Like all home appliances, garbage disposals wear out as they age. If yours is getting long in the tooth, some signs indicate it’s time for a replacement. Here are two of them.
Sign #1: The Clogs Keep on Coming
Frequent clogs are a sure sign that your garbage disposal is on its last leg. If you’re spending more time unclogging the disposal than you spend using it, that’s a sure sign a new one is not far down the road. To keep it chugging along a little longer, you could try breaking things up into smaller pieces before putting them down the drain, running cold water when the disposal is on, and keeping sticky, stringy, and hard food out. If you’re doing all these things and still getting frequent clogs, it’s time to consider replacing it.
Sign #2: Leaks Under the Sink
A leaking garbage disposal is the final peg in its coffin. Once a disposal starts leaking, it’s hard to repair effectively. Things like utensils that drop into it and hard fruit pits are enough to cause damage to the interior, causing the unit to crack and then leak. Water damage is no joke, so if you have even a minor leak from your disposal, it’s time to call a plumber to replace it.
It’s hard to imagine a kitchen sink without a disposal, but if yours is on its way out, don’t wait until it goes completely kaput. A professional plumber can give you an estimate on a new unit and installation to get you back in business. Contact the pros at Hill Plumbing and Air today for all your garbage disposal needs.
Do you know which is the best garbage disposal for your home? Most people don’t give this handy appliance a second thought until they need to buy a new one. And even then, many just buy the first thing they see. However, not all disposals are the same. Here’s what to consider:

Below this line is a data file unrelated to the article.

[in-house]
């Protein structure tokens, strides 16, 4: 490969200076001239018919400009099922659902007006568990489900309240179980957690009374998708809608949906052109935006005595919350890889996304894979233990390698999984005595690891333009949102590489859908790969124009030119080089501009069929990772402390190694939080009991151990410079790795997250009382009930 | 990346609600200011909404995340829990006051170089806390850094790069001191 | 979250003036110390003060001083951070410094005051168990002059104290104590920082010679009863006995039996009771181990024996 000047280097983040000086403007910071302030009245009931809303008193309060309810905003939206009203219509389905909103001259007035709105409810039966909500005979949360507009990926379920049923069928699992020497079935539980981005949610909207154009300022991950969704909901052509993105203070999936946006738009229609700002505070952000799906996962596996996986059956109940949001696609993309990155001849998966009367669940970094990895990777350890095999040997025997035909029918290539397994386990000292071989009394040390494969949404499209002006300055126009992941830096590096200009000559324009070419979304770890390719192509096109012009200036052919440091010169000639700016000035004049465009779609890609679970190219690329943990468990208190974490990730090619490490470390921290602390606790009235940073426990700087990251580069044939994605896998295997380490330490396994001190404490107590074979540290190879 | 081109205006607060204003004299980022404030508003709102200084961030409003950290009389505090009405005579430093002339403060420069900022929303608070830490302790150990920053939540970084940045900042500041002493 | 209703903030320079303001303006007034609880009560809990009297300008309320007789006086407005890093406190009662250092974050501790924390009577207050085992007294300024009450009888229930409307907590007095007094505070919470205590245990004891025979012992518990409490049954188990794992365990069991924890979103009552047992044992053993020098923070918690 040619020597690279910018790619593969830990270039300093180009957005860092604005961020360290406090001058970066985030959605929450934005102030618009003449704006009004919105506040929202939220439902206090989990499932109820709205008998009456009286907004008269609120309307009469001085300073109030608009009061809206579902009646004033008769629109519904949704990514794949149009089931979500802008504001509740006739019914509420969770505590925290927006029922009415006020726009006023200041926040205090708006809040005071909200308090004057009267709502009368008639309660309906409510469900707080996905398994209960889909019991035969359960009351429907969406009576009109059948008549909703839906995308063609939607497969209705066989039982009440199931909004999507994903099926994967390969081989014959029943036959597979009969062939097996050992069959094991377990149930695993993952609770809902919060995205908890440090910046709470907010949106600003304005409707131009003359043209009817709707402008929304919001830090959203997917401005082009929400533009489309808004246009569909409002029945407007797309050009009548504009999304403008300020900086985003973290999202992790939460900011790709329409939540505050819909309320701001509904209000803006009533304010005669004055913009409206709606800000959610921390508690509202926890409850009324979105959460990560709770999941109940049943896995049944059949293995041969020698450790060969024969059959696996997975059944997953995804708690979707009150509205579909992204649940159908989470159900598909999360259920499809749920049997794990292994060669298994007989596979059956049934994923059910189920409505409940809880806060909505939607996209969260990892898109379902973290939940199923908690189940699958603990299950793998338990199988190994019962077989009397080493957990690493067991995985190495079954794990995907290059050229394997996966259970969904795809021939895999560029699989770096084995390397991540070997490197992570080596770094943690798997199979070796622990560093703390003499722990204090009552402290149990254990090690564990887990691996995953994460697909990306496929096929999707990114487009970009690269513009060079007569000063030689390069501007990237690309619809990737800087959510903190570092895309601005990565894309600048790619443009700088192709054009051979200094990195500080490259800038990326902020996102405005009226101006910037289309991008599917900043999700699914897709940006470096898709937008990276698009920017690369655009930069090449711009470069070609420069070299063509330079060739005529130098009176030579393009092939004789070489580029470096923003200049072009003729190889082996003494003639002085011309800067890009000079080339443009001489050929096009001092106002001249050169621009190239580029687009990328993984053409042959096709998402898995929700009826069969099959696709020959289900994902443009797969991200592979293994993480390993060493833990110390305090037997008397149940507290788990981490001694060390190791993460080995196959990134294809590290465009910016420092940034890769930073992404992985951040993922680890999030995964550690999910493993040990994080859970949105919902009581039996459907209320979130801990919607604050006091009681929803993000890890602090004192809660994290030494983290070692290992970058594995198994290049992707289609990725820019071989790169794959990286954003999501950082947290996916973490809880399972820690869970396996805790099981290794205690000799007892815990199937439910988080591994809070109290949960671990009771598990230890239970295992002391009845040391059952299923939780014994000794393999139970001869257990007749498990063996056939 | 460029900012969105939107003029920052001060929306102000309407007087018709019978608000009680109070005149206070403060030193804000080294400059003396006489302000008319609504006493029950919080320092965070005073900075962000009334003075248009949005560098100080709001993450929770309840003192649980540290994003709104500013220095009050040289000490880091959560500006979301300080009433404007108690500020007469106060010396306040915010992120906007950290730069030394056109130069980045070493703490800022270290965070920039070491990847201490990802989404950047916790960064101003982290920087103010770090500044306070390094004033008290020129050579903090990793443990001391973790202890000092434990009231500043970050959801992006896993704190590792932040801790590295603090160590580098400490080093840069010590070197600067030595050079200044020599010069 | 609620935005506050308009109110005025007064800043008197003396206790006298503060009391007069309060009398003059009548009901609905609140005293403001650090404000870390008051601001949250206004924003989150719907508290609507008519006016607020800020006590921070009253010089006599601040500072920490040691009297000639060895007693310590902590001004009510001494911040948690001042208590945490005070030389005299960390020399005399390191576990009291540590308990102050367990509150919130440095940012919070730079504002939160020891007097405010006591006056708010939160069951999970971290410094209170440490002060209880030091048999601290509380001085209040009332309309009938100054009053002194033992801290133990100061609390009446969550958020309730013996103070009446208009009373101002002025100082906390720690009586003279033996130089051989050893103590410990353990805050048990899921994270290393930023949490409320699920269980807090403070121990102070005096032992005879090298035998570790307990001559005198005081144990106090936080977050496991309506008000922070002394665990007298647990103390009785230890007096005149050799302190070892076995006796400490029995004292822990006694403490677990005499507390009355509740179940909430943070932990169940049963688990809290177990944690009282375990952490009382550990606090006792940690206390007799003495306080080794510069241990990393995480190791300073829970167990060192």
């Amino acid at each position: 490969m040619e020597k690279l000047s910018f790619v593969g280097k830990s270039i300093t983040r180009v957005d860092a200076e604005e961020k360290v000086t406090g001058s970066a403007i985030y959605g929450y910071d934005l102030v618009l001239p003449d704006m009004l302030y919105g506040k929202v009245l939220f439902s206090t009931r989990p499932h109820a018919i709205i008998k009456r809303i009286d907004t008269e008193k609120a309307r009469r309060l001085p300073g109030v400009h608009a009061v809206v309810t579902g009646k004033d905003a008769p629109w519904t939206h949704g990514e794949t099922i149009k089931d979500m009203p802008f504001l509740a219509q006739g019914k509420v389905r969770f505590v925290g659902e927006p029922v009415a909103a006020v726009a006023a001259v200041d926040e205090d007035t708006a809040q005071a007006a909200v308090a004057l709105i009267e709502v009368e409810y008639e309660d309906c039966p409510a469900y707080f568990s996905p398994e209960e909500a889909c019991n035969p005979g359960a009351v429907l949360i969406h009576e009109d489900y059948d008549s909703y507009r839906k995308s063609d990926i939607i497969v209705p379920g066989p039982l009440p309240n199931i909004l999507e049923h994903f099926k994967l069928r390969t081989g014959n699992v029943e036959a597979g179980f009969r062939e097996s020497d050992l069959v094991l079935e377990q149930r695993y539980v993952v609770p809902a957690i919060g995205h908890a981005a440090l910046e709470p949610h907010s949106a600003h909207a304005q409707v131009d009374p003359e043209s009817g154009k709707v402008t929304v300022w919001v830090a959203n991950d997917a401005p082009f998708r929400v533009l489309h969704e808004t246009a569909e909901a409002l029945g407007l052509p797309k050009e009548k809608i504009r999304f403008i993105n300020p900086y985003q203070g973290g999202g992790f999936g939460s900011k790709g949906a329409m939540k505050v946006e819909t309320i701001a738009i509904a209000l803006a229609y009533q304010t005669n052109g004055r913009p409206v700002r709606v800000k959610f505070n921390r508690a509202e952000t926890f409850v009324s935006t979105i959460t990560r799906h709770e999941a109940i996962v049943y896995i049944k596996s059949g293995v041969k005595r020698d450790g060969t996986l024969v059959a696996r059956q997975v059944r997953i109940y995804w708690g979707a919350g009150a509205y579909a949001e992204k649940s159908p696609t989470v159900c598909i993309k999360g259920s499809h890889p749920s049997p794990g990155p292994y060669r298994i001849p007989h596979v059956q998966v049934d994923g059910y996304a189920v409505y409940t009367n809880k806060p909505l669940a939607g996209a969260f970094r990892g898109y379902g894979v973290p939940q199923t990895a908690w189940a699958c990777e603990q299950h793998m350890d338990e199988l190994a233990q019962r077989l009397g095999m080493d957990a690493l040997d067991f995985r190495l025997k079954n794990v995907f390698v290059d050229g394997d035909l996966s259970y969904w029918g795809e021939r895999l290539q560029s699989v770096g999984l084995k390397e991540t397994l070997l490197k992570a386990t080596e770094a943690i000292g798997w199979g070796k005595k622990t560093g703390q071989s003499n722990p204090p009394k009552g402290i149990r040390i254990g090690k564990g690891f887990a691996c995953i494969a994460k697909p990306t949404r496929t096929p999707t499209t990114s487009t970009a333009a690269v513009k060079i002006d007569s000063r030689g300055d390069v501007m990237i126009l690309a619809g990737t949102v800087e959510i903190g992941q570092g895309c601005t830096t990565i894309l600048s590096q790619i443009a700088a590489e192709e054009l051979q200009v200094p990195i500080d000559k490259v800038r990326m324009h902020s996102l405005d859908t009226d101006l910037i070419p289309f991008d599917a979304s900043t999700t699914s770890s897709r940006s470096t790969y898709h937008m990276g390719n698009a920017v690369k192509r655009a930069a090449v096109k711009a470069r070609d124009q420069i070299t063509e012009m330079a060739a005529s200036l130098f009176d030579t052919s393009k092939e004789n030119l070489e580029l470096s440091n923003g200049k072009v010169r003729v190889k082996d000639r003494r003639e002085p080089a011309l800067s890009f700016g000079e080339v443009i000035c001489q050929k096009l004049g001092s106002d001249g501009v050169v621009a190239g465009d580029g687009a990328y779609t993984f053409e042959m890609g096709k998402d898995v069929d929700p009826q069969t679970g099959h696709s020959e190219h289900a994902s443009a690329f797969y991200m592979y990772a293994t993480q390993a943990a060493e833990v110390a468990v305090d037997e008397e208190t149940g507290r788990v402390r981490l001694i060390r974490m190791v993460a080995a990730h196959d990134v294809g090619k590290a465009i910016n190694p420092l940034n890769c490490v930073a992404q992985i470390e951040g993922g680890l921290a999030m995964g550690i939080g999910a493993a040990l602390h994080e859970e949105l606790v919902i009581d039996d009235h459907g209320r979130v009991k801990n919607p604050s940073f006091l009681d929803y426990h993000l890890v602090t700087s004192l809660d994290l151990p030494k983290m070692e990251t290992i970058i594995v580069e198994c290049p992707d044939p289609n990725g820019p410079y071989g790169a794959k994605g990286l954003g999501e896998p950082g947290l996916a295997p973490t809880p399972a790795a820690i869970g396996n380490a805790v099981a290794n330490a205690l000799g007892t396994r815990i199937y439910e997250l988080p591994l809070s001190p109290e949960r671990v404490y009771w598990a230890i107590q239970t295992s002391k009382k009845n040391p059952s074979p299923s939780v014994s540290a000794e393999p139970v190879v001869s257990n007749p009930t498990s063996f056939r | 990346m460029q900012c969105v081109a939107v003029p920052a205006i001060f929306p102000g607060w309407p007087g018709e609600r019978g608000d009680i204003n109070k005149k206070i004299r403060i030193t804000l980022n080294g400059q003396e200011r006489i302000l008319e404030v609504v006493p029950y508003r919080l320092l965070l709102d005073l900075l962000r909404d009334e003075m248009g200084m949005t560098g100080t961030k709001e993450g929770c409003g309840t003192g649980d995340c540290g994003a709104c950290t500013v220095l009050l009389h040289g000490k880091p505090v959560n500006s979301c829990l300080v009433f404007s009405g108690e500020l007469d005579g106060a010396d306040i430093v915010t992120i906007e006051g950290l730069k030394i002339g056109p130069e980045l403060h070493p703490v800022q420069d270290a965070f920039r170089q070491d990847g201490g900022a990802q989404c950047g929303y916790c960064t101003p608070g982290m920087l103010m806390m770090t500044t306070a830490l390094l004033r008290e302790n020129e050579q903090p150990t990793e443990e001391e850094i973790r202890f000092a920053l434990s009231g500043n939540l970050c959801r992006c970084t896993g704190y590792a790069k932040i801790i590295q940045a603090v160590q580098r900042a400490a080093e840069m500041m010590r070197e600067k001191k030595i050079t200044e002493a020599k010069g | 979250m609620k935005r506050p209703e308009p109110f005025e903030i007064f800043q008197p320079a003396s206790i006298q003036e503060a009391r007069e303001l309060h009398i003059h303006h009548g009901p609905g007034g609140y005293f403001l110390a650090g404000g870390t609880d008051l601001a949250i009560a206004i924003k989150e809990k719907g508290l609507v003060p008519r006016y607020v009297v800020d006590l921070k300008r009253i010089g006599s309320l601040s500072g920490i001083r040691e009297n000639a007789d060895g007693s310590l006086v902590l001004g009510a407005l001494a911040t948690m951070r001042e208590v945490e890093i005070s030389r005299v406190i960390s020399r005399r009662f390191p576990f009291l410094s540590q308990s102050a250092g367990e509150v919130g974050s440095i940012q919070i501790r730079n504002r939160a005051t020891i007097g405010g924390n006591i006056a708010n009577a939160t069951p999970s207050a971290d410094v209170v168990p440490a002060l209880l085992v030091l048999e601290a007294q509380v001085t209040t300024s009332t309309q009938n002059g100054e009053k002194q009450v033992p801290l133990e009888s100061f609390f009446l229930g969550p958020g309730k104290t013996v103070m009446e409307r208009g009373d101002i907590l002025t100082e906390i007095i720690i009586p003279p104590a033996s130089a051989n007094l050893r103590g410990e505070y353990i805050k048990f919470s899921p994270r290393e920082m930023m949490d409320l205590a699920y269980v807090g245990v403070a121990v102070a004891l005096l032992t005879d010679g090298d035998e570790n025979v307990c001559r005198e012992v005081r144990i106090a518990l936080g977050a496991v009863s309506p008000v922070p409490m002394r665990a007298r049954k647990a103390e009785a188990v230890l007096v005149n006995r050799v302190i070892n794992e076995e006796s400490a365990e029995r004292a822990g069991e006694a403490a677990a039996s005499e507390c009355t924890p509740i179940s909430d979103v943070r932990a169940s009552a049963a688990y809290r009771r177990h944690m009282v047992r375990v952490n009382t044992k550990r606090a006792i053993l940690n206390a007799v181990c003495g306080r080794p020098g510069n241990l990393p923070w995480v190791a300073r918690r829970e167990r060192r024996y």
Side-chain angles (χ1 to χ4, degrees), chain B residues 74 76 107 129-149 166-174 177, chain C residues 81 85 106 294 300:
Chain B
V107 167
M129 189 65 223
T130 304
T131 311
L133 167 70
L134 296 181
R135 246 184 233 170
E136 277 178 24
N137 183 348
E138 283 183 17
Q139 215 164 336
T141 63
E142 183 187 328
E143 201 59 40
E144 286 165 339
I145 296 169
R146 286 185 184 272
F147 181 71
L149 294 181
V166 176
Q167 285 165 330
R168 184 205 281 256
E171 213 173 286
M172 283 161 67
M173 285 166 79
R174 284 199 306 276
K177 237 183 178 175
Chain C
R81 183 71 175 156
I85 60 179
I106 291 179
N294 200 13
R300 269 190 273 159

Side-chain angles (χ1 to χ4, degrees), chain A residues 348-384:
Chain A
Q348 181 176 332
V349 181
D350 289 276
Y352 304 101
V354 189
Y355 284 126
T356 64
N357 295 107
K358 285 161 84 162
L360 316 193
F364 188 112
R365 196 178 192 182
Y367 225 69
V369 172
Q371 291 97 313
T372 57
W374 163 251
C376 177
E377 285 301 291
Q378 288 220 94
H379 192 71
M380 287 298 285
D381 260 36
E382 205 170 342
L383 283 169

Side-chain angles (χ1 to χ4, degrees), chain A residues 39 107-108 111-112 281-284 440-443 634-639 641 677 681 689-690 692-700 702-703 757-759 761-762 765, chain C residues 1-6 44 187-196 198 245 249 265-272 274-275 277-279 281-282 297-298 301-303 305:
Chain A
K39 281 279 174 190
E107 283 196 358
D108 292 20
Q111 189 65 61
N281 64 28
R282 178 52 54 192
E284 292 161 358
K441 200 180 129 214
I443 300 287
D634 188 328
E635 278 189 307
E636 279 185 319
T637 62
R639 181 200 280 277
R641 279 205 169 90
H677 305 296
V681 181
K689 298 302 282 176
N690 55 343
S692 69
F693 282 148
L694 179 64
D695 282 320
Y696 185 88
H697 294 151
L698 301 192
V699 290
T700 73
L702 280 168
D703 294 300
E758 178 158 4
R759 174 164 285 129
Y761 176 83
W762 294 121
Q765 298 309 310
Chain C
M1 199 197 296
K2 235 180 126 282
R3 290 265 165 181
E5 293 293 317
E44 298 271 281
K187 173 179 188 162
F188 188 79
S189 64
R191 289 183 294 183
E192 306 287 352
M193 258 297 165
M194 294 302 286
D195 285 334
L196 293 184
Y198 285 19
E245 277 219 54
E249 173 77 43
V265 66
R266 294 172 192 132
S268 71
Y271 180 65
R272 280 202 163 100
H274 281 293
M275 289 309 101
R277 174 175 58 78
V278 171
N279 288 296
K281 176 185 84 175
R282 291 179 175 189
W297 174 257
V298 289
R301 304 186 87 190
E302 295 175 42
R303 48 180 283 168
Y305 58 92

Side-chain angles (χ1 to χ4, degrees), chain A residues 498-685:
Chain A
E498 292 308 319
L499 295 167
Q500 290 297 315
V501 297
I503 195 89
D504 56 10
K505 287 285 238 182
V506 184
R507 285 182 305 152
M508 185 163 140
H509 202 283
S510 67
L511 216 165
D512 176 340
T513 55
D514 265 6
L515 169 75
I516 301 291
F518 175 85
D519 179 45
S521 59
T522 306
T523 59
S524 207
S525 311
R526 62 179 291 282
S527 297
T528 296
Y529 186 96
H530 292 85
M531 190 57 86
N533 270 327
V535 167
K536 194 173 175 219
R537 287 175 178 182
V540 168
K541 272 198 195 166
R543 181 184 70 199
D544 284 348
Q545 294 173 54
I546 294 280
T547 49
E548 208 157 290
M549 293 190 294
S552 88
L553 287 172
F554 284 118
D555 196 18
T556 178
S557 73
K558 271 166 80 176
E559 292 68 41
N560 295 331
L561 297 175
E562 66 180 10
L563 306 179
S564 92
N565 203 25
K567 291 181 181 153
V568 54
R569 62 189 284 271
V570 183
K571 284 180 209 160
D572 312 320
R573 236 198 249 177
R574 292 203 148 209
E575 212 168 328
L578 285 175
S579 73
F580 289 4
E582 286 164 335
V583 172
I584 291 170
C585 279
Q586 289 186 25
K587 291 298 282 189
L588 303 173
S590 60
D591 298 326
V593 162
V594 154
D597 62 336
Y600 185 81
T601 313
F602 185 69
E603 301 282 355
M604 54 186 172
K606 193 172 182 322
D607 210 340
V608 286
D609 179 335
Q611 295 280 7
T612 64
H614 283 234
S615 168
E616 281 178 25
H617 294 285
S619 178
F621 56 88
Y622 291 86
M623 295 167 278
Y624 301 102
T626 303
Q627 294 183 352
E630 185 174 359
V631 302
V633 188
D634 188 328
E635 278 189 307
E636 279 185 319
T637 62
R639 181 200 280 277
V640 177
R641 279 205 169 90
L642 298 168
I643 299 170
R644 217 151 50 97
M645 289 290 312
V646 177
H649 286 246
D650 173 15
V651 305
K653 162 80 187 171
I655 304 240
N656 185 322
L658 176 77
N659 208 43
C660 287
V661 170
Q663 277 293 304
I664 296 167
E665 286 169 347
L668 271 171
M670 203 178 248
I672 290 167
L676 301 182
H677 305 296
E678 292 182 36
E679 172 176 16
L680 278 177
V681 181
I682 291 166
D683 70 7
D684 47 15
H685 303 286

Size Really Does Matter
How big is your disposal? Yes, picking the right size is crucial. If the unit is too small, it won’t be able to keep up and may wear out prematurely. Which size do you need? That depends on how many people live in your household. A 1/3 or 1/2 HP motor may be large enough for a 1-3 person household, but if more people live under your roof, a 3/4 or 1 HP motor is a better option.
Garbage disposals “eat” your leftovers, but there are different ways to feed them. Homeowners can choose between continuous feed and batch feed models. Continuous feed disposals let you put scraps down the drain while the motor is still running. Batch feed only lets you put a single batch in at a time. Which is better? It depends on your needs. Continuous models are the most popular and budget-friendly, but batch feed disposals reduce the risk of injury.
Sewer vs. Septic
Most commercial disposals work with both sewer and septic systems. As long as you only send “disposal-approved” scraps down the drain, you shouldn’t have any issues. (Hint: never put bones or trash in the sink.) However, if you do have a septic system, a unit that features an enzyme reservoir may be a better choice.
Disposals are a powerhouse in the kitchen, but they often get overlooked. Upgrading your disposal is an investment that will keep your sink clear for many years to come. Contact Hill Plumbing & Air to pick out the best garbage disposal for your needs.